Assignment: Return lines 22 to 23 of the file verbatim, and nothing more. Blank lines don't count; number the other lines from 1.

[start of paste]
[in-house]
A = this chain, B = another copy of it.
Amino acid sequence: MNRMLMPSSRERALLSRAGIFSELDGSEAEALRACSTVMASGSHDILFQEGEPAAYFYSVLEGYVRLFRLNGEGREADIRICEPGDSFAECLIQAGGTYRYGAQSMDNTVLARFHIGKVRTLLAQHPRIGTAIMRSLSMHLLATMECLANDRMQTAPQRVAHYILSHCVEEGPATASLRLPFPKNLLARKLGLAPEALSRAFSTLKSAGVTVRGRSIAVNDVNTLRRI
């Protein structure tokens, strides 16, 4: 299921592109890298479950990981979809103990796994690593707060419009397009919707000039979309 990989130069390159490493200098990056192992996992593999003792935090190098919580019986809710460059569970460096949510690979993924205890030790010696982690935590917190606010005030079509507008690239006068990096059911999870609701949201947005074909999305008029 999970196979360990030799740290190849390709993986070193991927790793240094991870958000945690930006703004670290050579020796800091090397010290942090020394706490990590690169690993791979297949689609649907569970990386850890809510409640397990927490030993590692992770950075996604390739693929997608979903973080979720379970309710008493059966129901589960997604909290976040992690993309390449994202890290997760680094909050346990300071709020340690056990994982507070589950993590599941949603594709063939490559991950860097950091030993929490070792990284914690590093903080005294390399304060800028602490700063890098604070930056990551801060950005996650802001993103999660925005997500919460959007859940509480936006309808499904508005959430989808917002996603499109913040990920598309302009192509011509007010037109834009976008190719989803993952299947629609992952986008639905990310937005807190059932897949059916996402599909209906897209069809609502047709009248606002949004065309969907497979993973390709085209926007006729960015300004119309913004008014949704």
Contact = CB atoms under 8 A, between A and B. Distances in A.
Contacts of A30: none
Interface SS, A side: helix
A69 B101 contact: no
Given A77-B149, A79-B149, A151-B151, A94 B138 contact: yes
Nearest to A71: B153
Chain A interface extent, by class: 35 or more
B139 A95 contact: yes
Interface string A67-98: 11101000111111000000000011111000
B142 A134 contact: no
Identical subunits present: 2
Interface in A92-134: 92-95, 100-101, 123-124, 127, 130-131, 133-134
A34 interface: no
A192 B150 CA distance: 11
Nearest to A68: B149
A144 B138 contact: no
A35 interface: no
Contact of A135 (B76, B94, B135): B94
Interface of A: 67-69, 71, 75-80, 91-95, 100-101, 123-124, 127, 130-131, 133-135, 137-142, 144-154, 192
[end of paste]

Contact of A135 (B76, B94, B135): B94
Interface of A: 67-69, 71, 75-80, 91-95, 100-101, 123-124, 127, 130-131, 133-135, 137-142, 144-154, 192